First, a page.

Home Advice Hi in Dutch

Hi in Dutch

by Rosetta Stone

How to Say Hi in Dutch

If you want to say hi in Dutch, you would simply say “hoi“. The more formal hello is “hallo“. Regional varieties of “hi” include “heuj“, “alo” and “huijj” but sticking to “hoi” or “hallo” is generally all you need.

If you’re considering studying Dutch, know that you’ll benefit from learning one of the major European languages—belonging to a culture with a long history of both travel and trade, plus an attitude of openness to the broader world. This is fitting, given that Dutch is the official language in so many far-reaching countries—from the Netherlands and Belgium, to Curaçao, Sint Maarten, and Aruba.

Because the Dutch are particularly famous for their focus on tolerance and acceptance, Dutch is a wonderful second or even third language to pick up. At any given moment in the Dutch capital, around 30% of Amsterdam’s population is comprised of out-of-town visitors and tourists. You can definitely use this to your advantage to help you feel more confident diving into the Dutch culture and practicing speaking Dutch. Unlike many other cultures, the Dutch are far less likely to be offended if you make a small grammatical mistake (or a few big ones) when learning to speak the language. Rosetta Stone’s Dynamic Immersion® methodology teaches you to speak the language, not just memorize the words. What makes this approach effective is that we prepare you to use your new language in your everyday life. So, it’s not just about the features, but what you’re able to do because of them. It helps you get ready to handle situations with confidence.

Learn Dutch Words and Phrases

Our first stop on the language-learning journey is the Dutch alphabet. The official form of Dutch is known as Algemeen Beschaafd (ABN), or General Civilized Dutch—Standard Dutch, in English. Standard Dutch has the same 26 letters as the English alphabet. In addition, there is ij (lange ij), which was once written as y. The letter y is also the only letter in the Dutch alphabet that is called by its name: Griekse y (Greek y) or ypsilon (after the Greek letter).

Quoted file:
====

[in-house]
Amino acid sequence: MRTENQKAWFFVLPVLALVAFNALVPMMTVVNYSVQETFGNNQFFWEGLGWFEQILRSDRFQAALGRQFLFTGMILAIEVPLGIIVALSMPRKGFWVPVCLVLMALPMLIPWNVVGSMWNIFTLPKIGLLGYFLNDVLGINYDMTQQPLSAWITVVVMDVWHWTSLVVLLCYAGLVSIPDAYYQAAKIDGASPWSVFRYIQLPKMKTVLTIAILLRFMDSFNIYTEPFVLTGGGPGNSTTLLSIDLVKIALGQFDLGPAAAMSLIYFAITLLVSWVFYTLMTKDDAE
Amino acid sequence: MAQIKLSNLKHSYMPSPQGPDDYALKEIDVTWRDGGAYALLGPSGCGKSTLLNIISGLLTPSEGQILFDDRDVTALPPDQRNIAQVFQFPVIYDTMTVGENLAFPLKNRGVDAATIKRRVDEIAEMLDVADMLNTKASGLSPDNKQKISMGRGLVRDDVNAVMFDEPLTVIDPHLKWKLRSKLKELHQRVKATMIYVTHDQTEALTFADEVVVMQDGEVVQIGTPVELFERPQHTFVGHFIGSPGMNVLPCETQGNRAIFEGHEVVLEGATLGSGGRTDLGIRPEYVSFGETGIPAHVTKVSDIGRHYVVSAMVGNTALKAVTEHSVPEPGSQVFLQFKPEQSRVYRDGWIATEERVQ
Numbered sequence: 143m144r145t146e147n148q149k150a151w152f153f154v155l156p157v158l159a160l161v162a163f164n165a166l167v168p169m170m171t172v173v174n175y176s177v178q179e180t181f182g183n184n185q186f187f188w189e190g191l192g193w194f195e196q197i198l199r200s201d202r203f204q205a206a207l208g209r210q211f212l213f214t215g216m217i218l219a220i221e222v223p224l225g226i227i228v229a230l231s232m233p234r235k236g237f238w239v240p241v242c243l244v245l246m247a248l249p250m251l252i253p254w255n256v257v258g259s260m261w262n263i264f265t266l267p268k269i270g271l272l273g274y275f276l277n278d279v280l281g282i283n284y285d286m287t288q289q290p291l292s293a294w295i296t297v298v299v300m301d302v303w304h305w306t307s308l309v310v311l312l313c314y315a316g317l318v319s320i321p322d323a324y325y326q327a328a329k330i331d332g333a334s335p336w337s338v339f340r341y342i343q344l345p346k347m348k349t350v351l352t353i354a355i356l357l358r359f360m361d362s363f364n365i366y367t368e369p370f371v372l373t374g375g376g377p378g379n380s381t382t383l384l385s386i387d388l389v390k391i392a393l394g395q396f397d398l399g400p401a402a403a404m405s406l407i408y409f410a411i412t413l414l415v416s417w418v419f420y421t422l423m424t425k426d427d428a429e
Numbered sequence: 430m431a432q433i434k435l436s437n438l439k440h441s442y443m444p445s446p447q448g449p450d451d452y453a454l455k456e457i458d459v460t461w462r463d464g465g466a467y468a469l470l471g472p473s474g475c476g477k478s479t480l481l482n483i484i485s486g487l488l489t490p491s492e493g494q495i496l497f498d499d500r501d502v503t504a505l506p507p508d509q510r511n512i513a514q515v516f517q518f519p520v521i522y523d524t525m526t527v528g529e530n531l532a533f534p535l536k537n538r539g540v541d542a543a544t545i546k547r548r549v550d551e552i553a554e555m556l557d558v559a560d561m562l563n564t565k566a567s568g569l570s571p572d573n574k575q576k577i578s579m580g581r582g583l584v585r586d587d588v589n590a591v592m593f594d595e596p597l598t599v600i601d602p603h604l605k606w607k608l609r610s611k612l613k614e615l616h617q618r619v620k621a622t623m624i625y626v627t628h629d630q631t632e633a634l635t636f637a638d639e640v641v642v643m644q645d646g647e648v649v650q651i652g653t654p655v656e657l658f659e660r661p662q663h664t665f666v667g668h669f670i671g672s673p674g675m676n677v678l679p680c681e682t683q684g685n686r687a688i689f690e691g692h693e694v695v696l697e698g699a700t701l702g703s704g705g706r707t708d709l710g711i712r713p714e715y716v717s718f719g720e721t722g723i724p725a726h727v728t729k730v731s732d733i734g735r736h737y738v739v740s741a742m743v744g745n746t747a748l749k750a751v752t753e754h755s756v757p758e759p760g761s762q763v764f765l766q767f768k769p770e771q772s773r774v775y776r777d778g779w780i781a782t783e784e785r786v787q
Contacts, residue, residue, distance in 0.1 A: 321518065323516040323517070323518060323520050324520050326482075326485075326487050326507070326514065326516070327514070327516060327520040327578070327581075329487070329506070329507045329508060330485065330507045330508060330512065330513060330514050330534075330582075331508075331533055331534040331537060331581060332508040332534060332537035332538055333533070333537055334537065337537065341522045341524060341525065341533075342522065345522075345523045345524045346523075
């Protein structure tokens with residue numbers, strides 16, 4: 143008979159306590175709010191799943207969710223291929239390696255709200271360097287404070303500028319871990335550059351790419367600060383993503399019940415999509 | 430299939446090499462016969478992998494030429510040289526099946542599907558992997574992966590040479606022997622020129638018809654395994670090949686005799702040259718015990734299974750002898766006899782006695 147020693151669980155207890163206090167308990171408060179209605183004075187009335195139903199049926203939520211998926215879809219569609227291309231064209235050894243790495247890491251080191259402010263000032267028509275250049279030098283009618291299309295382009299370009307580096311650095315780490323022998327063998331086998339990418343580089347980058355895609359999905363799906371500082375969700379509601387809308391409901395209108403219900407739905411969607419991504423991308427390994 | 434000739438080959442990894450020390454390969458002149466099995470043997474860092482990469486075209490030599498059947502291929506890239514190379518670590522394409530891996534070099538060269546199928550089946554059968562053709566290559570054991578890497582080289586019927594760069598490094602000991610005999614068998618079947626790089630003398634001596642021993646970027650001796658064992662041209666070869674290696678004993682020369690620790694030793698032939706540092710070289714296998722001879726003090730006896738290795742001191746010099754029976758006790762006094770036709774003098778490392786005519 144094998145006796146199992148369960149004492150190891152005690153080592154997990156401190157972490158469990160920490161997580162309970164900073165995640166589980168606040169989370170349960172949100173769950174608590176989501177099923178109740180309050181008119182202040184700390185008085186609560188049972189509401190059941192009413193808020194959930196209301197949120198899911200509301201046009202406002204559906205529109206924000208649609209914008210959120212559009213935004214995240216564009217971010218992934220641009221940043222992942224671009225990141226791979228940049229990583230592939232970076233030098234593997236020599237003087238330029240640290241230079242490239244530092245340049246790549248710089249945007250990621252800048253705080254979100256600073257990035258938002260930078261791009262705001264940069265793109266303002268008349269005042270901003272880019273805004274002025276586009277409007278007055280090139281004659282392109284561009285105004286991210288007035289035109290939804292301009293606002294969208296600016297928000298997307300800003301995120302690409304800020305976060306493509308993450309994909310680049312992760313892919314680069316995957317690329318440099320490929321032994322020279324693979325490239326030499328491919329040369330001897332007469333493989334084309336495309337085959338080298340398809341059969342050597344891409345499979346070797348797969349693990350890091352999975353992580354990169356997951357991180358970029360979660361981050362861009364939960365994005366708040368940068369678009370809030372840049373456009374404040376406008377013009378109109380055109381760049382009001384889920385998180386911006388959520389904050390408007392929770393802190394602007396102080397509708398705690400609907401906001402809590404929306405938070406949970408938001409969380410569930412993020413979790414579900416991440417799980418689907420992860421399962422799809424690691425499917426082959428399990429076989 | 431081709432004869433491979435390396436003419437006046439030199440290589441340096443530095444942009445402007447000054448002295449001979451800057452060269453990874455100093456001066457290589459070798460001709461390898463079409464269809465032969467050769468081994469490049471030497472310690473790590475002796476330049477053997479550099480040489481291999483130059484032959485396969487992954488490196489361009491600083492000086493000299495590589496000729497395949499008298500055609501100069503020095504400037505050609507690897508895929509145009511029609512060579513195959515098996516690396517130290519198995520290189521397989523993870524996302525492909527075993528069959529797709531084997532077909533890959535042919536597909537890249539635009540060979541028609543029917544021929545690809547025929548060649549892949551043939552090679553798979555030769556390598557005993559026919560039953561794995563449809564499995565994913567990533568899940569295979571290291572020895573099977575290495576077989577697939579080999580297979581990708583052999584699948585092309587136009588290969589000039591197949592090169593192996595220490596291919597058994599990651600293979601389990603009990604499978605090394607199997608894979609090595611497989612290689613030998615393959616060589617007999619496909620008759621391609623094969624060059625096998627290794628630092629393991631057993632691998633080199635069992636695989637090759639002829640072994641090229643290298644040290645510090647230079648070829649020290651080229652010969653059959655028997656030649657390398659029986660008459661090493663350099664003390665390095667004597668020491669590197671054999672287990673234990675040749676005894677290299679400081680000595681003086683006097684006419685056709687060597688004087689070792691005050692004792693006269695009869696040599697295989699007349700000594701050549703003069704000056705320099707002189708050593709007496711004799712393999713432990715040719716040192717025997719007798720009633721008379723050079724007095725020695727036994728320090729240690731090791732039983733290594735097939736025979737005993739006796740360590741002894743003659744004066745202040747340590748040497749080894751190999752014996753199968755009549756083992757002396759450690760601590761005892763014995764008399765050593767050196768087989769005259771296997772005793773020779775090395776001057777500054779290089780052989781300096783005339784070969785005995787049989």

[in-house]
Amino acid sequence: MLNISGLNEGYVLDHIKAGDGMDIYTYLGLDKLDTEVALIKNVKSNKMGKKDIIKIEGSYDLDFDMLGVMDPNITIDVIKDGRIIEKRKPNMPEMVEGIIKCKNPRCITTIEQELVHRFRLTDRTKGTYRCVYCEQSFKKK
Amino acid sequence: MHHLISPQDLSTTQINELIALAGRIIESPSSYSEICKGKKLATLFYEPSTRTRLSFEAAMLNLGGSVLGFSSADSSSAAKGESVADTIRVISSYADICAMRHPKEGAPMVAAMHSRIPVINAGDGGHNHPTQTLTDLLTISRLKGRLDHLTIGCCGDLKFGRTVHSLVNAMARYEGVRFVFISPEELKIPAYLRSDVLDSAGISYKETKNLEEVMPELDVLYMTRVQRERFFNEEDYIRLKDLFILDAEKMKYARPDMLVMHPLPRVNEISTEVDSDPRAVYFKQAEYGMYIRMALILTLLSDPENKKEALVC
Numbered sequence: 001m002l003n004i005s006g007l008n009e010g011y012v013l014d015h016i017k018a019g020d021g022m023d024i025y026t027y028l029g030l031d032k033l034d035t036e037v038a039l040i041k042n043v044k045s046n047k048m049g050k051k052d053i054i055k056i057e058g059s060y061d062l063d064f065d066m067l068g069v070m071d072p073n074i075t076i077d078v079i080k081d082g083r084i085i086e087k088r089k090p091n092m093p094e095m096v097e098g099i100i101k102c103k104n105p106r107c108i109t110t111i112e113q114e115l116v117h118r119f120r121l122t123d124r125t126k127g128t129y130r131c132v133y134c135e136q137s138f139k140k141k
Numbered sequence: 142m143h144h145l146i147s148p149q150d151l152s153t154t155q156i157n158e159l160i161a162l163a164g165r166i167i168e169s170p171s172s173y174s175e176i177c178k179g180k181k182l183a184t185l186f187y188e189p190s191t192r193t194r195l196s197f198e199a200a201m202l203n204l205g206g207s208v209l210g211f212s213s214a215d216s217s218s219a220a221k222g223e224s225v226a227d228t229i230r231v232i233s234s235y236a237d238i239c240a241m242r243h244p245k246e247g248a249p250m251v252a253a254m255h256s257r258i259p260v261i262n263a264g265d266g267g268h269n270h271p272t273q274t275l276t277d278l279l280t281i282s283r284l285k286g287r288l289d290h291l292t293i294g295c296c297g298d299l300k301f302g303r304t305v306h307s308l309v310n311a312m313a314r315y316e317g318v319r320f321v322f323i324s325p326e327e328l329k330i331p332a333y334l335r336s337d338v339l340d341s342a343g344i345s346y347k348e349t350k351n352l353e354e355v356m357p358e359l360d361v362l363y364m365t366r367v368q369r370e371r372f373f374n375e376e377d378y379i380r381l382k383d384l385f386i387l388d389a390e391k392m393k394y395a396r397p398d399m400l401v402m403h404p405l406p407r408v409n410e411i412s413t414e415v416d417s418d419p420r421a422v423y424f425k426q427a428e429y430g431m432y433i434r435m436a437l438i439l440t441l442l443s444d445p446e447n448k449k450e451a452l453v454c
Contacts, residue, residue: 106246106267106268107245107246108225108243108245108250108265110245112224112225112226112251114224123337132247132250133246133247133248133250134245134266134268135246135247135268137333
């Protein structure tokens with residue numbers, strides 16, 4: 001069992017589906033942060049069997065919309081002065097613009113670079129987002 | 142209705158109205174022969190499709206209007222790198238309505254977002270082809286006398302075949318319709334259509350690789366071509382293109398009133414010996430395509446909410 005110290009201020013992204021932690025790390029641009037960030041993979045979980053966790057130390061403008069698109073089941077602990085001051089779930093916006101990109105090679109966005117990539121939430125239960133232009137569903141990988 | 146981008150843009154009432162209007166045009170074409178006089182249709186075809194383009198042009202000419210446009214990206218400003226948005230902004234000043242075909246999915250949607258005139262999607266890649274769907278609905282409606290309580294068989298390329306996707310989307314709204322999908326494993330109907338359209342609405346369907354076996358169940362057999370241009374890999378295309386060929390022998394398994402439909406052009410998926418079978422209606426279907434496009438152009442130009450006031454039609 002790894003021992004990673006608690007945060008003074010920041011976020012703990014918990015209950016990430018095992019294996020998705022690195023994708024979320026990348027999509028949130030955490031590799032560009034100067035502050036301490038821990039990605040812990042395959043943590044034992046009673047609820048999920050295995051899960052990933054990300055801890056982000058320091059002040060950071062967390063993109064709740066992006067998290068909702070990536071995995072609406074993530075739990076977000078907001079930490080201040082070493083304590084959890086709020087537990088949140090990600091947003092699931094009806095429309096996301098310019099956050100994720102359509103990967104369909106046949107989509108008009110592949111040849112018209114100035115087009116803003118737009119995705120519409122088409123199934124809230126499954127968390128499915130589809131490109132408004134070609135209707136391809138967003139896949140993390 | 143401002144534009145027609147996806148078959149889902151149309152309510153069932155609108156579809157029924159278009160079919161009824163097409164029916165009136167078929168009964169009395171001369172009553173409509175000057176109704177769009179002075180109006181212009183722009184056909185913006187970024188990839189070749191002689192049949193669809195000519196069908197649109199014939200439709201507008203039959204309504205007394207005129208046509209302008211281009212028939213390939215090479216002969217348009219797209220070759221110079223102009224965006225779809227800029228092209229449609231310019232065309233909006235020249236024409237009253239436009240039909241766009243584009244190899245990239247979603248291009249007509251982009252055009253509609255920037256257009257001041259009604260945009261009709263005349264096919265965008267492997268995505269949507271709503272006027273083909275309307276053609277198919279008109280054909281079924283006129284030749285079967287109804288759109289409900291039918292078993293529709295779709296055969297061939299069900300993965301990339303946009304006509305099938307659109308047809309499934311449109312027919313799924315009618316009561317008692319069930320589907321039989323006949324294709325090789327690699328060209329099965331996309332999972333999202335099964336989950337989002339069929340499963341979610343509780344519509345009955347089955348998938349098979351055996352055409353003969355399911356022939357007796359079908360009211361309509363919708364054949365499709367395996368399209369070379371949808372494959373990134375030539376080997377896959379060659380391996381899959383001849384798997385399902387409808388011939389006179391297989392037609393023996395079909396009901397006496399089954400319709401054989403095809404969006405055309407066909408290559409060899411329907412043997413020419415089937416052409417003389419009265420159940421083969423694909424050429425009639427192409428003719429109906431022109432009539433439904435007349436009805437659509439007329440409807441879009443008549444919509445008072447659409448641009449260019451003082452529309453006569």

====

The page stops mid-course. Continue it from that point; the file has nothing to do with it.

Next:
Most consonants in Dutch are pronounced roughly the same as English with a few deviations. The letter d is pronounced as you would in English, unless it appears at the end of a word, where it is pronounced as a t, as in hound (dog).

If you find g at the start of a word, you will need to make the famous Dutch guttural sound— technically called a uvular fricative. It is similar to the sound you might make clearing your throat.

Try your hand (or tongue) with these:

  • geinig = funny
  • grap = joke

Some people find it hard to distinguish between the soft g and the h. Practice speaking the following pairs aloud and see if you can hear the difference:

  • gaan = to go
  • haan = rooster
  • goed = good
  • hoed = hat
  • gier = vulture
  • hier = here
  • gek = crazy
  • hek = fence
  • gang = corridor
  • hang = tendency

Now that you’ve got the hang of it, try this tongue twister: Het gaat heel goed (It is going really well).

If you come across an r before the letter g, it usually is silent. Elsewhere in the word it is pronounced as you would in English, as in regendruppel (rain drop).

Additionally, the Dutch have three consonant combinations where the separate consonants are merged to create a new sound: chsch, and ng. When we combine ch in Dutch, we get a sound that is the same as the letter g, such as licht (light). You pronounce the sch combination similarly, but with an s before, as in schip (ship). And, pronounce ng as you would in the English words king, long, or string, as in zingen (to sing).

Improving and refining your pronunciation requires that you receive real-time and accurate feedback. Rosetta Stone embeds our patented TruAccent™ speech-recognition engine into every Dutch language lesson. It provides precise and instant feedback to help you match your pronunciation and accent with that of fluent Dutch speakers. Such feedback will allow you to make any needed corrections to your Italian pronunciation. From there, you will want to practice until you get a feel for how to shape the sounds of the Italian language.

After you have acquired the basics of speaking the language, you will be ready to move onto learning the longer phrases that so often come into play in everyday conversation. Rosetta Stone’s 10-minute language lessons are designed to lead you along the path of learning to understand and speak Dutch with confidence. Rosetta Stone lessons will help you acquire vocabulary and proper pronunciation for real-world situations.

Try Our Award-Winning App

Surround yourself with Dutch whenever, wherever with the Rosetta Stone app.

Download a unit and knock it out on the train or a flight. Select a 5-10 minute lesson and sneak it in while you wait in line or for your ride to show up. And explore dynamic features, like Seek and Speak, where you can point at an object in the real world and get a translation.

The best part? You don’t have to choose between app or desktop. Both come with your subscription and sync, so you can switch between devices seamlessly.

Related Articles